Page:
In the 1985 classic John Cusack movie ‘The Sure Thing’ (humour me here) there is a great line when serious, straight-laced Alison comments on her scantily-dressed bikini-clad nemesis, ‘She has beautiful skin. And so much of it’.
This line kept springing to mind while I was reading Black Water Rising (I did say humour me….). It has such great plot. And so much of it. Reading this debut thriller from Attica Locke was like wading through the black water of the title, plot line upon plot line vying for attention, the action as murky as the Bayou of the bravura opening chapter.
It has to be said though, that the opening chapter is outstanding. It is 1981, Houston. As a treat for his pregnant wife’s birthday, black lawyer Jay Porter charters an evening boat trip which ends in drama when gunshots and a white woman in the water put Jay in a situation he’d rather not be in. It is the wrong place, wrong time yet again for Jay, who was a veteran of the Black Power Movement and narrowly escaped a jail sentence on a government frame-up while a student. Not keen to be involved in any one else’s problems, let alone a white woman’s, he drives the silent victim to a police station and leaves it at that. Only it doesn’t leave him and he finds himself caught up in a conspiracy that goes far beyond the events of that night.
The brilliance of the opening chapter sets a tempo and pace that isn’t maintained in the rest of the book. While skilfully constructed and sometimes thrilling, the tangents of the plot never come together as a cohesive whole. There is a dock workers union strike – a sub-plot that is given a lot of time for little return; there are corrupt politicians; the involvement of Big Oil; an ex-girlfriend of Jay’s who is now Mayor and may or may not be trustworthy and a prostitute trying to cash in on a politician’s indiscretions. Pile on to this the narrative back story of Jay’s student days in the Black Power movement; his past relationship with Cynthia, the mayor; the racially motivated death of his father and his continued paranoia over race relations and you have a lot of information to process.
For me this meant that the core of the thriller got a little lost in the murkiness. The Black Water Rising of the title is, of course, oil and the corrupt practices of the large petroleum companies, but even this conspiracy theory, when it is finally brought to light, is a little tame. What Locke does do well though is in her depiction of race relations in Houston in the 1980’s, that sense that while oil is flowing again and money is there for the taking, there is still a lack of trust and a divide between the haves and the have nots. Paranoia over race has replaced the cold war paranoia and there is a crisis of identity for everyone, both black and white, rich and poor. Money is now the dividing line and Jay Porter, as a black lawyer is well placed to see both sides. Jay is a strong and compelling character, torn by his moral obligations in the present and the political obligations of his past.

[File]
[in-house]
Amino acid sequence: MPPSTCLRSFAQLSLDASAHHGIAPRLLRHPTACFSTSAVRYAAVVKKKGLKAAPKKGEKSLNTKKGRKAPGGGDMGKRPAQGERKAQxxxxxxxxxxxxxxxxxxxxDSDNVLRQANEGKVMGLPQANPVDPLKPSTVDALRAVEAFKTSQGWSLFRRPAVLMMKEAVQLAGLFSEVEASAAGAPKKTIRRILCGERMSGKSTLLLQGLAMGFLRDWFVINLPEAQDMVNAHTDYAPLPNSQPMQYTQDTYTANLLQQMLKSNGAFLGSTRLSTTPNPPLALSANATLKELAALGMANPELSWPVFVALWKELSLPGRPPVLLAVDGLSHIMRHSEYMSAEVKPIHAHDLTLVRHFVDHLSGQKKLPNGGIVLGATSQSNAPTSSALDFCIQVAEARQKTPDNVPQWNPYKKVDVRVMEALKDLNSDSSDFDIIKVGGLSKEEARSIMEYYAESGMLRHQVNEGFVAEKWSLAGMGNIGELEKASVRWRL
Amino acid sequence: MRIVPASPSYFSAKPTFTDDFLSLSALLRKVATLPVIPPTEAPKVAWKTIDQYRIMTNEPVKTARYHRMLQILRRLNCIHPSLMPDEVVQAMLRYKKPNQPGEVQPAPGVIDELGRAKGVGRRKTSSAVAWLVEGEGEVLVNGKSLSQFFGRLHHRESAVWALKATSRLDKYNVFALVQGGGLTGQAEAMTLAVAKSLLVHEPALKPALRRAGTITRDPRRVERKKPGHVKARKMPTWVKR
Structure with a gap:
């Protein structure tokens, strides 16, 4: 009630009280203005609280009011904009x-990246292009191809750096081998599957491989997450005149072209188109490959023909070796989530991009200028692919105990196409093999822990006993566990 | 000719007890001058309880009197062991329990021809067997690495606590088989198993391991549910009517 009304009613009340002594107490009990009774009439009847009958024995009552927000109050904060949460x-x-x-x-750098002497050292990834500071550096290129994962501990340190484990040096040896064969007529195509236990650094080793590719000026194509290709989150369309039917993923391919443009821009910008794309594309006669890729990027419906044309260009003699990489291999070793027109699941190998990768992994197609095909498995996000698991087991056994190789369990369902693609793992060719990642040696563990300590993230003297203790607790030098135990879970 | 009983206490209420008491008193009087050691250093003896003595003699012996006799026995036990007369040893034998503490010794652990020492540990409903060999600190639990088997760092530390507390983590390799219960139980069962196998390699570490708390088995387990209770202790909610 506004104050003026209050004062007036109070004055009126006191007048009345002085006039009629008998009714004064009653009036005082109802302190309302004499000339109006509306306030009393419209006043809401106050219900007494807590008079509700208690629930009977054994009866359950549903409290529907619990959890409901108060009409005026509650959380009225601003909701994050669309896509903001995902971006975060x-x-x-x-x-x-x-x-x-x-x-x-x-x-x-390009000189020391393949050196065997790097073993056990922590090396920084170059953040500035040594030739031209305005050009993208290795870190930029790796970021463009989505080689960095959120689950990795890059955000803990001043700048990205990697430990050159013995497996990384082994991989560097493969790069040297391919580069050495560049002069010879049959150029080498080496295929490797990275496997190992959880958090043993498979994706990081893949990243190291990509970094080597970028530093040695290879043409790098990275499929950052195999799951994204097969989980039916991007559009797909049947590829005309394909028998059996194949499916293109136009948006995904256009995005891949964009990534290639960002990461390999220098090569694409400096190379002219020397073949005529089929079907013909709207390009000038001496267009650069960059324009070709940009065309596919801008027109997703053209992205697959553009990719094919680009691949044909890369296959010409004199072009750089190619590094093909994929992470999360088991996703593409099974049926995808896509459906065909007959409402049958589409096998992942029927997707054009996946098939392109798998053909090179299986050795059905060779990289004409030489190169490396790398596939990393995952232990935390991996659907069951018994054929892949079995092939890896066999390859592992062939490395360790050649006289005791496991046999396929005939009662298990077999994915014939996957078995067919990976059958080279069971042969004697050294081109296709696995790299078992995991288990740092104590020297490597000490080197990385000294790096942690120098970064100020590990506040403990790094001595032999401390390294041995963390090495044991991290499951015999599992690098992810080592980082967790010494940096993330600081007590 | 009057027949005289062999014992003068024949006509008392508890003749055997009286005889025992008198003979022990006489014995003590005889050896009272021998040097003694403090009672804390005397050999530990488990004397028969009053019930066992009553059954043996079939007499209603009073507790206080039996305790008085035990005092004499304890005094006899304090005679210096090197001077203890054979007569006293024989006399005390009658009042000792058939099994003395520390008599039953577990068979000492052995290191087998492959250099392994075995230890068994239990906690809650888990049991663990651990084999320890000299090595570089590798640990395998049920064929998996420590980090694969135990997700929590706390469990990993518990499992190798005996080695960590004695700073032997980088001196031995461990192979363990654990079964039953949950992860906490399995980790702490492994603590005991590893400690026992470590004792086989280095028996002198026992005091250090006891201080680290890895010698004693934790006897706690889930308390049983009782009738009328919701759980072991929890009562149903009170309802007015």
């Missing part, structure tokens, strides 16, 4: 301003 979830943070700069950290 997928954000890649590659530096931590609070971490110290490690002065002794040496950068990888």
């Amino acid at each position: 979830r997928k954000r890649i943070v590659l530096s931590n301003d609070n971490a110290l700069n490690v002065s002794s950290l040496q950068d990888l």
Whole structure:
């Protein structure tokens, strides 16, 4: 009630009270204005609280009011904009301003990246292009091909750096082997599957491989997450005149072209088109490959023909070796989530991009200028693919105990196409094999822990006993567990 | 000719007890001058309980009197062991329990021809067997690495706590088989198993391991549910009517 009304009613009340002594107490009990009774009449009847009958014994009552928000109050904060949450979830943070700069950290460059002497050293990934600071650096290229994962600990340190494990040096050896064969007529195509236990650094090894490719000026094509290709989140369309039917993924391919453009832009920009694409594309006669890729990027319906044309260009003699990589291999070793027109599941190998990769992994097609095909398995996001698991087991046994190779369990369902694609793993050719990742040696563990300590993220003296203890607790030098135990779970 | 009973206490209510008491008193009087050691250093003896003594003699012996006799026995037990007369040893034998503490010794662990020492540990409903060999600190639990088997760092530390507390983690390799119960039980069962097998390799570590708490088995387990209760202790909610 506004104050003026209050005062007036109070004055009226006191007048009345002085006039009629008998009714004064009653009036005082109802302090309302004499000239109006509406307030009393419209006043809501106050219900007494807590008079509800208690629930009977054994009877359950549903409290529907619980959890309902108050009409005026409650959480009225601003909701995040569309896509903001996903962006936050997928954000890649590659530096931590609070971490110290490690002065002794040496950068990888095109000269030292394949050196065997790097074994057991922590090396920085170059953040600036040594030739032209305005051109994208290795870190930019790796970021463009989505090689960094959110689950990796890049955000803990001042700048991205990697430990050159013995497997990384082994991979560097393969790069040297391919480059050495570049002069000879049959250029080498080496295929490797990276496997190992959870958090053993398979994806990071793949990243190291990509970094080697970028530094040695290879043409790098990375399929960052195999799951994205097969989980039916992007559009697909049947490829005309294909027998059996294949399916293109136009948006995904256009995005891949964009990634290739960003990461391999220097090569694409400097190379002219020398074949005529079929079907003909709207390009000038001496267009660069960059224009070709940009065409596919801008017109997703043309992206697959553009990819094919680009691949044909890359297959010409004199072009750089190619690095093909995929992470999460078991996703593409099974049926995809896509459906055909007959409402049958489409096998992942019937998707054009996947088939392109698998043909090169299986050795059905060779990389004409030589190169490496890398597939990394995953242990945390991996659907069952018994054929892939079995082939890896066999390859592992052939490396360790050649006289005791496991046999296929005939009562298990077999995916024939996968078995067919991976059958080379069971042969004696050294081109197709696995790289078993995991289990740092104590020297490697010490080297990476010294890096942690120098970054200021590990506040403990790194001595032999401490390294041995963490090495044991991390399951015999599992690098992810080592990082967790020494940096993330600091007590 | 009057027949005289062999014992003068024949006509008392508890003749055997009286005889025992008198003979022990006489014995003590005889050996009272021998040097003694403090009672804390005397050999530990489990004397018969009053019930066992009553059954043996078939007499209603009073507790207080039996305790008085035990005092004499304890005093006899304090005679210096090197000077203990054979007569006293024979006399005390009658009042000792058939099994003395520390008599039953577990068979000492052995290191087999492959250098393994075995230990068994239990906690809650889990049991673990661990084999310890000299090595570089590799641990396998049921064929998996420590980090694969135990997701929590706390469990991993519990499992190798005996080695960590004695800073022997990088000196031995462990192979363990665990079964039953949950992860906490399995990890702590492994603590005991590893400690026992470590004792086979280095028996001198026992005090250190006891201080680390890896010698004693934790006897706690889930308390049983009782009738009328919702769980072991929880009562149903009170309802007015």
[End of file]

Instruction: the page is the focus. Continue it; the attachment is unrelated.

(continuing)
They were fools back then, Jay thinks. Young and naive to believe they could raise voices and guns against a superpower and get away with it. Weren’t they always meant to pay…someday, some way? Hasn’t he, deep down, been waiting for this very moment? The day when they would come for him again?
The exploration of how Jay’s small, cumulative decisions become large, threatening mistakes, as much because of outside forces and because of his own prejudices and fears, is skilfully handled . His paranoia, his attempts to make good on his life and his mistrust of authority make for a fascinating central focal point, so it’s just a shame that all the other characters in the book are stock and sketchily drawn.
This mix of social commentary and crime action has been done better by George Pelecanos and Denis Lehane but Locke does use her milieu to elevate thriller conventions like the car chase, the ransacked apartment and the conflicted but honest journalist which might otherwise have come across as clichéd.
It’s telling that Attica Locke has worked as a screenwriter, as there were times when Black Water Rising was reminiscent of a good season of The Wire. The ending certainly seems to be a set up for ‘season 2’ of Black Water Rising, but as a standalone book, the abrupt and open ended final chapters are less cliff-hanger more let down.
I feel like I’m being quite harsh on Black Water Rising. The skill, plotting and tension of the opening chapters suggests to me that a little less back story and some more even pacing would have ratcheted up the tension and made for a more gripping read.
However, if you are going to take one thing away from this review, it’s that I can always be counted on to shoehorn in a reference to an 80’s teen movie when it’s called for.
Or even when it’s not…..
Next up in the
16 sorry 20 Books of Summer Challenge? An Evening of Long Goodbyes by Skippy Dies author Paul Murray.
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